“We’ve never really thought about the correlation – it’s an interesting point to raise, but it’s not a conscious decision. The female PM during the time period will be part of the fiction of the world but not for reasons connected with the main protagonist. One thing we did really try to focus on was having a really diverse cast of characters though, and having a female protagonist is probably a symptom of that. It makes the characters more interesting for us to work with, we can emphasise this and explore the big differences between them, but also the elements that bring quite a varied group of characters together, the human attributes that they have in common, which we think feeds really well into the overall theme.”

Your art and animation look incredible, are you using the same creative team that worked on Ether One?

“Of course! Without it sounding too cheesy,  it’s like a family here! We have a very close group of people who work incredibly hard to achieve really cool things. We hope that if you’re working with us, then it’s something we can keep building upon for future games. We have the same artists plus another who joined the team just over a year ago. We also have an animator and an AI designer on board now.

The voice actors from Ether One (Ben Britton and Elspeth Edmonds) both have had characters written specifically for them, and we have another six people doing VO who we’ll be introducing very soon. We even have the same person (Alex Bellingham) who did the Ether One and WPG logo doing The Occupation’s logo. A couple of the team left after Ether shipped; (Ben Hill,  Smith) as they wanted to move onto different creative challenges however they’ve both had incredibly valuable input on The Occupation and provided great playtesting feedback. It’s all a collaborative process, and it’s been so fun starting a new project as an existing team as things came together very rapidly in the pre-production phase since we already knew each other’s workflow. I think that large factor in being able to get so much of a leap from Ether One.”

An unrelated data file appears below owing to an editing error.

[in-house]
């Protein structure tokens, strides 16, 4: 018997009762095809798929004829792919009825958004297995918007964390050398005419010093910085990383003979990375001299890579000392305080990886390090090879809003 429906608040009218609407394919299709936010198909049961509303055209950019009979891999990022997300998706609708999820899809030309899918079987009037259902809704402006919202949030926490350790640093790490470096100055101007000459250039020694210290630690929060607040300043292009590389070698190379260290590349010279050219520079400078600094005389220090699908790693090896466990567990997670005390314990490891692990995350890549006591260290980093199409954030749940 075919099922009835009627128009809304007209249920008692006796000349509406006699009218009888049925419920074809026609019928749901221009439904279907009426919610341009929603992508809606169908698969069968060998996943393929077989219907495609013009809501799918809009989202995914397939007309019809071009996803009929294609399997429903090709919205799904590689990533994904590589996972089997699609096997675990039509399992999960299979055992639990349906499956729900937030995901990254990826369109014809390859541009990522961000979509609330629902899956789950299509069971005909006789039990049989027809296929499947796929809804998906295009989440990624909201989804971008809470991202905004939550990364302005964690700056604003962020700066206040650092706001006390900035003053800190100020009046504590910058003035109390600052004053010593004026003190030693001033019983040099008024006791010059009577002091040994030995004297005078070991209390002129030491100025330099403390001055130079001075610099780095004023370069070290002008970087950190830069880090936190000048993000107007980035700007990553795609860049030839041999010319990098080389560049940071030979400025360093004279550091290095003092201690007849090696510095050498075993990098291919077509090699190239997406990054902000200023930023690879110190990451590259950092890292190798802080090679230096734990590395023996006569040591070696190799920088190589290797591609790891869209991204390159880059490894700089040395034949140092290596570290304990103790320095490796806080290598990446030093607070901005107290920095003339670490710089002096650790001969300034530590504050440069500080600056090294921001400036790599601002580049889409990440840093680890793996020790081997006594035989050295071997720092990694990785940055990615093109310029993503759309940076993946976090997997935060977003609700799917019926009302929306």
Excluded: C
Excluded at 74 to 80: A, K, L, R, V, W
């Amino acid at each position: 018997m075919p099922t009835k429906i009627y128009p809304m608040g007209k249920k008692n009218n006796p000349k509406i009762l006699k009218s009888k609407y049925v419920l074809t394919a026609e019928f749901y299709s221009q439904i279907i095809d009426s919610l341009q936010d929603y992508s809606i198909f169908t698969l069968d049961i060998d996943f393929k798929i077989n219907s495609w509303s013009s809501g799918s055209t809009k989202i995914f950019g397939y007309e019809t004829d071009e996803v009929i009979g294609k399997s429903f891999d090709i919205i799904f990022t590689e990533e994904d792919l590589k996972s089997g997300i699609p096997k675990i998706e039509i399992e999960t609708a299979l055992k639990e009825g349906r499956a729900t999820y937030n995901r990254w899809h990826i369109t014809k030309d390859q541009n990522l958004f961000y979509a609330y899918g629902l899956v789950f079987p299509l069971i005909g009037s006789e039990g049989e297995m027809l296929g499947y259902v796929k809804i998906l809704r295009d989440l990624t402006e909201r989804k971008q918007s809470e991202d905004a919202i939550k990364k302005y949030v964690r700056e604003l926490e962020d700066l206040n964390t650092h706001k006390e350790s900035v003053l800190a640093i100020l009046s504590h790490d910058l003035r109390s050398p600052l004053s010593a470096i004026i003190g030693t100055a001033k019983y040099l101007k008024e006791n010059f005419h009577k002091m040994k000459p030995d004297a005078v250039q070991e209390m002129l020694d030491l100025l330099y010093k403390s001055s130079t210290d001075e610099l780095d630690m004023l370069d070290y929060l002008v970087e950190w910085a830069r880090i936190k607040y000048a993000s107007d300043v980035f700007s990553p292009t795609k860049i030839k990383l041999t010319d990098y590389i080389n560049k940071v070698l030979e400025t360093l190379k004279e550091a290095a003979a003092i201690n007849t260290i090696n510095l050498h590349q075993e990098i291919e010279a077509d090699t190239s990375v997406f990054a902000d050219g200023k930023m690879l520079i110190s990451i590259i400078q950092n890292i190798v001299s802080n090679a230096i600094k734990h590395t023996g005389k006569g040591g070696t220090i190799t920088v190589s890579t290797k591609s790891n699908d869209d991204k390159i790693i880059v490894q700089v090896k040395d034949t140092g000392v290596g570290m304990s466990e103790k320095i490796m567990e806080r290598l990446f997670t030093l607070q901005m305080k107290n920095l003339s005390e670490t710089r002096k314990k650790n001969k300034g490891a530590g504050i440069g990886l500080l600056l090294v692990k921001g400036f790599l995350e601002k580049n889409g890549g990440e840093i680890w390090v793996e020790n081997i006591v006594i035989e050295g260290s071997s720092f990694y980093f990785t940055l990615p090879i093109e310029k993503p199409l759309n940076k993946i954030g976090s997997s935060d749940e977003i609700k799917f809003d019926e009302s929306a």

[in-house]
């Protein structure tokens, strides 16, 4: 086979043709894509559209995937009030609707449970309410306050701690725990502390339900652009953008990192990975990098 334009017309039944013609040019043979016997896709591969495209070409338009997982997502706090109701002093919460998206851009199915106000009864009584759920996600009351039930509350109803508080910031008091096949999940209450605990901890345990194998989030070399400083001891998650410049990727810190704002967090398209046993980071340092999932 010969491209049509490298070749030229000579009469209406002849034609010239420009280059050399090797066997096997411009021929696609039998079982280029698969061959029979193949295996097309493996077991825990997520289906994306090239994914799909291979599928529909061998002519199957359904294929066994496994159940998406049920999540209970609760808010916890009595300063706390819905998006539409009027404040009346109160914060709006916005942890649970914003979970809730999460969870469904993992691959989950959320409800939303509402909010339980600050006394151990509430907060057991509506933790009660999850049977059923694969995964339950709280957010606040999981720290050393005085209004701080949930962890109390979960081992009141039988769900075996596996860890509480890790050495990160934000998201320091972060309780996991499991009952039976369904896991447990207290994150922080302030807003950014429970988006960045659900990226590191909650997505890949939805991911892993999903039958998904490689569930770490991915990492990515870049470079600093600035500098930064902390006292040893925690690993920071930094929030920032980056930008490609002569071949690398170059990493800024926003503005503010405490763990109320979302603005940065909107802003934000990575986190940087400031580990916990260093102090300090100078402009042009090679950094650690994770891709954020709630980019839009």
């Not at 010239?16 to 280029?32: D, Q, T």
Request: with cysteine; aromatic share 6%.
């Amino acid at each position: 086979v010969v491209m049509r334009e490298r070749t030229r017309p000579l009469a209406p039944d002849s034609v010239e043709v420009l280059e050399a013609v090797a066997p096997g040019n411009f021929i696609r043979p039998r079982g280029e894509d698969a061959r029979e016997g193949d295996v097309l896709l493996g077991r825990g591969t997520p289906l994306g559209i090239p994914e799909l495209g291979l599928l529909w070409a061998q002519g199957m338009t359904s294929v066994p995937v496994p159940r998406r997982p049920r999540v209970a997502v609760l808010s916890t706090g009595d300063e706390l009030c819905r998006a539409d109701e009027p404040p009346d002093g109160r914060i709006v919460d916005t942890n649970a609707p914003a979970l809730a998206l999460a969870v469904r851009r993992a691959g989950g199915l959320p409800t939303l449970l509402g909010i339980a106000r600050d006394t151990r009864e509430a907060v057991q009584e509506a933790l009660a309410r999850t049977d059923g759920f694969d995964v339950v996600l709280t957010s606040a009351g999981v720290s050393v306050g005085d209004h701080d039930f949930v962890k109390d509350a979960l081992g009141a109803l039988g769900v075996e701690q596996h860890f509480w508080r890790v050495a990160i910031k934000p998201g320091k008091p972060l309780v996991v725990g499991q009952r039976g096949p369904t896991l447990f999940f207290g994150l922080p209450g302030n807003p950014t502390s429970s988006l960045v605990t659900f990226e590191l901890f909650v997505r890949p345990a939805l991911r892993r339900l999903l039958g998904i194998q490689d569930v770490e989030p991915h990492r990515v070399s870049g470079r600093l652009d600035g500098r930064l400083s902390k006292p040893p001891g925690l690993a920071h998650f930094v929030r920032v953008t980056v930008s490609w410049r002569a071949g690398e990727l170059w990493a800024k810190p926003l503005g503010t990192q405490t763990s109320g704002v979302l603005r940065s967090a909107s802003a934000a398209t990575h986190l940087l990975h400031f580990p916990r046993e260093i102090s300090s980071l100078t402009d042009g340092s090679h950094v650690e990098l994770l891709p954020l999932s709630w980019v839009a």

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Will there be multiple endings in The Occupation that will be driven by player choice?

“Yes, that’s definitely the plan. Although similar to Ether One, we’ll leave working on the ending till last. Not just because it’s the ending – we don’t actually start with the beginning of the game until midway through development once we know the core mechanics and what’s needed for the opening – but because it’s kind of nice to tie everything off last in the project.

The second ending of Ether came online very late in development, and it resonates so strongly with the team every time we see it – part of the reason for that will be because we haven’t had to see the same sequence thousands of times in playtests, but partly because it closes off that chapter of your life. It’s a really powerful thing.

On which platforms will The Occupation release?

“We’ve not announced platforms but not that’s purely because we have no idea – we’ve not even confirmed PC yet! We’re hopeful about the PC platforms and we just need to chat about the console partners to see what we can get in place. We’d love to release on as many platforms as we can as Unreal supports them all well. We’re excited about Unreal’s new support for the Nintendo Switch also – we have no idea if it will work but that’s something we’d be interested in testing.”

The Occupation will release later this year, and if there’s one thing I took from this interview, it’s that it is the right game for the right time.

Marco is the owner and founder of GLITCHED. South Africa’s largest gaming and pop culture website. GLITCHED quickly established itself with tech and gaming enthusiasts with on-point opinions, quick coverage of breaking events and unbiased reviews across its website, social platforms, and YouTube channel.